In a nutshell

Edelweiss is a leading financial conglomerate providing a broad range of financial products across domestic and global geographies. It had a turnover of USD 582M in FY 2015. Edelweiss Group worked on number of acquisitions and mergers in the period 2014-2016. So, the IT department landed up with multiple business applications. This led to inflated requirement of servers and licences. One of the things which they decided to work on was taking a re-look at their servers and proprietary software licences.

Challenges, not problems

Edelweiss had a rapidly increasing customer base generating large transaction volumes across its myriad business units. Edelweiss needed efficient systems to transact, analyse and report on the data generated to effectively target their products and services. For this, they had deployed several multi core servers with MSSQL as the database engine. But, the organisation was facing bottlenecks in transaction processing and reporting and was faced with significant investments in licenses and hardware to meet current and future business needs.

Solutions, not ideas

The client had invested 100+ person years of time in development 5000+ stored procedures having complex business logic. Most Stored Procedures heavily use temporary tables, complex subqueries, CTE based updates and other powerful constructs. The client has a large in-house team developing .Net and MS-SQL based applications and infrastructure management over the years.

Our team attacked the project on multiple fronts:

  • They first translated the schema using standard tools, loaded a year’s test data into the system, and tested the data for correctness of the data. This also gave us confidence in the schema mapping accuracy.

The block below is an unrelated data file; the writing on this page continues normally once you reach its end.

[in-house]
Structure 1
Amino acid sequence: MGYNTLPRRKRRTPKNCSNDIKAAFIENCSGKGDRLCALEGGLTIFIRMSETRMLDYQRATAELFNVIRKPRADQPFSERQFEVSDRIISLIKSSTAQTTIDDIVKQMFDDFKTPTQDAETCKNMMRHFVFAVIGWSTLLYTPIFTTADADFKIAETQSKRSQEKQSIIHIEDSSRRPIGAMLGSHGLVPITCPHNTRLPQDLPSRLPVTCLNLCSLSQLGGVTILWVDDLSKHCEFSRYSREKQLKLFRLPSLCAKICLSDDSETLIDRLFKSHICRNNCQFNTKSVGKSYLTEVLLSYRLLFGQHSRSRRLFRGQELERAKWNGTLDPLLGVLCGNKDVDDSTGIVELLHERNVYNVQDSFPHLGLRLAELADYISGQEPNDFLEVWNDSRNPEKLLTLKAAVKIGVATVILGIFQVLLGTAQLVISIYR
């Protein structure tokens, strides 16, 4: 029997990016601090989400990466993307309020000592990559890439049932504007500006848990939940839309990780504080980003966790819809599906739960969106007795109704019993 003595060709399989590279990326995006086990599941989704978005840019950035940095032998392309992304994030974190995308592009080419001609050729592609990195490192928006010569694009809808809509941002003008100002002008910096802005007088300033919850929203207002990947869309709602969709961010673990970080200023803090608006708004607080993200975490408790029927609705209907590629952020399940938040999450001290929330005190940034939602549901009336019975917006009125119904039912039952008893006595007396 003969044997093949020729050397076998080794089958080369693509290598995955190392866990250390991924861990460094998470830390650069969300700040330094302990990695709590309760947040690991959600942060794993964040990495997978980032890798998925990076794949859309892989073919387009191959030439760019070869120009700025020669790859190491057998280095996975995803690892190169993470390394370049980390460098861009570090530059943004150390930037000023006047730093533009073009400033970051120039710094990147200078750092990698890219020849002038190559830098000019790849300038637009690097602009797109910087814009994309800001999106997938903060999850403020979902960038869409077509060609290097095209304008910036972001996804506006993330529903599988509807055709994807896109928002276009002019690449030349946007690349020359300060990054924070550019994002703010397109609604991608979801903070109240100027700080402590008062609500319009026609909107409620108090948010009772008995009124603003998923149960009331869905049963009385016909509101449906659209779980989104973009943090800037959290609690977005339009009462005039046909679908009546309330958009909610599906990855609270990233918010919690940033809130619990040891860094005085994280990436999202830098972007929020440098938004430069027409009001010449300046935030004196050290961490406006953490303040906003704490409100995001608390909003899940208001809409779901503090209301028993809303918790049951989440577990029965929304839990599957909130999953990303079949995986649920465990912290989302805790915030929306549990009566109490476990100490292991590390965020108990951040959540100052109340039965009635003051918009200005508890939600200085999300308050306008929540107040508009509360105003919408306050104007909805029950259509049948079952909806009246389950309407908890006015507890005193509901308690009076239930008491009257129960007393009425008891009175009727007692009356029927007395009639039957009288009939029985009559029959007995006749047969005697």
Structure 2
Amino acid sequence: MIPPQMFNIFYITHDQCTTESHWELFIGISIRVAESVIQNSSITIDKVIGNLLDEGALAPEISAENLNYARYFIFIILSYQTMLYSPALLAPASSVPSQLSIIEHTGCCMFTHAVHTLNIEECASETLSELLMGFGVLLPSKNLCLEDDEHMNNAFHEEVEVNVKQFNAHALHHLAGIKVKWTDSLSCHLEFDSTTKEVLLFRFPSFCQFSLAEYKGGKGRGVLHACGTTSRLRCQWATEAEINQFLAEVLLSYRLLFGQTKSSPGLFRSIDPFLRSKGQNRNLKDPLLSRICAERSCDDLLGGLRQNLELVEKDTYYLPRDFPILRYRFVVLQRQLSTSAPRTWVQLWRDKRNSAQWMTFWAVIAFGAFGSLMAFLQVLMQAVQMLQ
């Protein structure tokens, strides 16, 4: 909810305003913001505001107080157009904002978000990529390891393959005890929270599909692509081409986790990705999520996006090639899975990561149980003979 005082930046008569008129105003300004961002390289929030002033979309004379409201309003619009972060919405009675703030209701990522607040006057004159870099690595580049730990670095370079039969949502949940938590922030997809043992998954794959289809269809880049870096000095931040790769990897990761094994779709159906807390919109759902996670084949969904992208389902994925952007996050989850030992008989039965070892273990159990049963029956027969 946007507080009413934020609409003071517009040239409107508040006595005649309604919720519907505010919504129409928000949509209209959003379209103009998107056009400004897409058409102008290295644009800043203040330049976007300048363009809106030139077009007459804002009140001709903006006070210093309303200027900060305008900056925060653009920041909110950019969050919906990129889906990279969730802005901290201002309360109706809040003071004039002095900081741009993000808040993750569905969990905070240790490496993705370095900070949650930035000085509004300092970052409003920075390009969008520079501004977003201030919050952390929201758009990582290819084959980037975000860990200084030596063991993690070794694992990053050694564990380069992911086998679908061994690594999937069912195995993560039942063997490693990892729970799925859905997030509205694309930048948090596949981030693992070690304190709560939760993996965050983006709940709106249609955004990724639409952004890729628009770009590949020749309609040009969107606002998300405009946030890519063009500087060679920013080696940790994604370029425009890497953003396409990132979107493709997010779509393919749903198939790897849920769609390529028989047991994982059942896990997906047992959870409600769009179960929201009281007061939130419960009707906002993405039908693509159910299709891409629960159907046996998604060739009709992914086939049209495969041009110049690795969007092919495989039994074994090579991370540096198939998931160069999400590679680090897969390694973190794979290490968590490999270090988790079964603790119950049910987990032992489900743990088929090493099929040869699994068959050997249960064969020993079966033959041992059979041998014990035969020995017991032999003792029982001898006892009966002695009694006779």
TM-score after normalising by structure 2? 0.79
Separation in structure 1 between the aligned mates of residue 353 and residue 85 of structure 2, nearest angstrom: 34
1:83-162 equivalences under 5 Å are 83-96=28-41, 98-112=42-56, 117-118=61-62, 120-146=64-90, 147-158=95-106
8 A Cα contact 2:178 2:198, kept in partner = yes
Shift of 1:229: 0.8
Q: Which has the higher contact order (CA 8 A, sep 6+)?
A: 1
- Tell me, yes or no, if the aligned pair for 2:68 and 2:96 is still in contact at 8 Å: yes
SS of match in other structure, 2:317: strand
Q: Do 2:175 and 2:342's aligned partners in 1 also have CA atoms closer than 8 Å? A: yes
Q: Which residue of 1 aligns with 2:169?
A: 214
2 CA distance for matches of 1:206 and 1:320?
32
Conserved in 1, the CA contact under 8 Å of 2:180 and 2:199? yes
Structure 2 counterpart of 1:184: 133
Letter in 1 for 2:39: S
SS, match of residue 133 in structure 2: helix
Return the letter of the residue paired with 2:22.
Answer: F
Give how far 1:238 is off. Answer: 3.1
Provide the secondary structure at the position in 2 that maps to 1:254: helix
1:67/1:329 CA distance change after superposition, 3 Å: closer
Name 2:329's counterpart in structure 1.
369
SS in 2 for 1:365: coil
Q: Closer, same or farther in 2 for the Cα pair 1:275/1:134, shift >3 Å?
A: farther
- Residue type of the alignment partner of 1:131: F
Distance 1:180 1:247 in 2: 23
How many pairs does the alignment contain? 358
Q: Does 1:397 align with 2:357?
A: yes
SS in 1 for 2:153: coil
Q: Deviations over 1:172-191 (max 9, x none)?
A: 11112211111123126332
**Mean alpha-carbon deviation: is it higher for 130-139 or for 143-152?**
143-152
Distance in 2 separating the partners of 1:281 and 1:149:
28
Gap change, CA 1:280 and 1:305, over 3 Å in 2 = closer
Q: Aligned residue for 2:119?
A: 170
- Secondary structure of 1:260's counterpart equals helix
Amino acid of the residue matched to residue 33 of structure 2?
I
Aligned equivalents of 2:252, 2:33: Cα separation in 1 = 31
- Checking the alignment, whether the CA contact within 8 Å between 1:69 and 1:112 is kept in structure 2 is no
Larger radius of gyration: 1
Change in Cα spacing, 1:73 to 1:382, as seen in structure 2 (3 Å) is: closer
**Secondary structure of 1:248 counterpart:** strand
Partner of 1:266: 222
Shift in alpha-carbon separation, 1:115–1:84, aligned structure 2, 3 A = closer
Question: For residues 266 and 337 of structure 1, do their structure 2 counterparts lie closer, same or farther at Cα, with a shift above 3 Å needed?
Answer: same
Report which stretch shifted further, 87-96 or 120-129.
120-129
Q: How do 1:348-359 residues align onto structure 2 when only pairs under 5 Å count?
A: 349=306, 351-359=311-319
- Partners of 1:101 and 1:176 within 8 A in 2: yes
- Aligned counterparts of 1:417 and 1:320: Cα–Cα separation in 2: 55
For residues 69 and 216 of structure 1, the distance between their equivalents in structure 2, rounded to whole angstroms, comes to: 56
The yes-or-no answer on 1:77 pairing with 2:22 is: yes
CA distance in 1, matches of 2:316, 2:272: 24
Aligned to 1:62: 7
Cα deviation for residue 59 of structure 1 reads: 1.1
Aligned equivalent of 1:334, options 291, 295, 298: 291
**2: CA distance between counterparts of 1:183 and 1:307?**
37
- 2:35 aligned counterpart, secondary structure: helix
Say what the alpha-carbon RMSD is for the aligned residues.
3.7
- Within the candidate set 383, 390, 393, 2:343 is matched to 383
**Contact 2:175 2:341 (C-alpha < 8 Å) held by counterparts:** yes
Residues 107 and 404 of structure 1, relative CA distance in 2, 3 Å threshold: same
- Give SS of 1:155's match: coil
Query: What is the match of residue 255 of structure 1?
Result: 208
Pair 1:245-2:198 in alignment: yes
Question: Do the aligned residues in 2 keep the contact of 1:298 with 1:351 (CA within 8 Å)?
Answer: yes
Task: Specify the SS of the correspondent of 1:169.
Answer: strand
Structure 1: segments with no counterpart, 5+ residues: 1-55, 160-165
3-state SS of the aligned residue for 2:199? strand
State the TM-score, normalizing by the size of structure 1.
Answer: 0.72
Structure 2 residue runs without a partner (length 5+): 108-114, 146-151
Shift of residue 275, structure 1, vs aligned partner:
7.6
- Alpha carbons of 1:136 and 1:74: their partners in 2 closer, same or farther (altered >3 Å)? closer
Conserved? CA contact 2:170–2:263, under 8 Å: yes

• They sat down and translated the stored procedures one by one, by hand. In the process, some data types needed to be converted, and some types which were native to the original database but not present in Postgres needed to be “synthesized”.
  • They set up the infrastructure stack including Postgres, PGPool, and other tools, to deliver reliable and scalable access, and performed load testing to see what number of concurrent connections could be sustained. They also set up mirror databases for near-real-time replication, so that queries could be directed to the read-only slave servers.
  • They sat with the client’s application development team and guided them in modifying their dotNet application code to access Postgres. This part of the puzzle was relatively easy.
  • They then ran both systems in parallel for a few weeks, where they imported the batch-mode data into both databases and performed aggregate queries on both databases to see if the results matched. Every mismatch was weeded out, till there was 100% confidence in data consistency.
  • Finally, on one fateful night, the cutover to the new system was done.

After our client went live with the new database, our team stayed on-site and later on-call for a few months to ensure that the systems were stable. There were one or two reports of hung connections in that time, which were successfully addressed.

The system is still in daily use.

Now that’s value

There was a significant reduction in report processing times of between 30 – 40%. No AMC and license cost were incurred for the Community Maintained PostgreSQL engine. No new hardware was needed to meet estimated data volumes for next 5 years.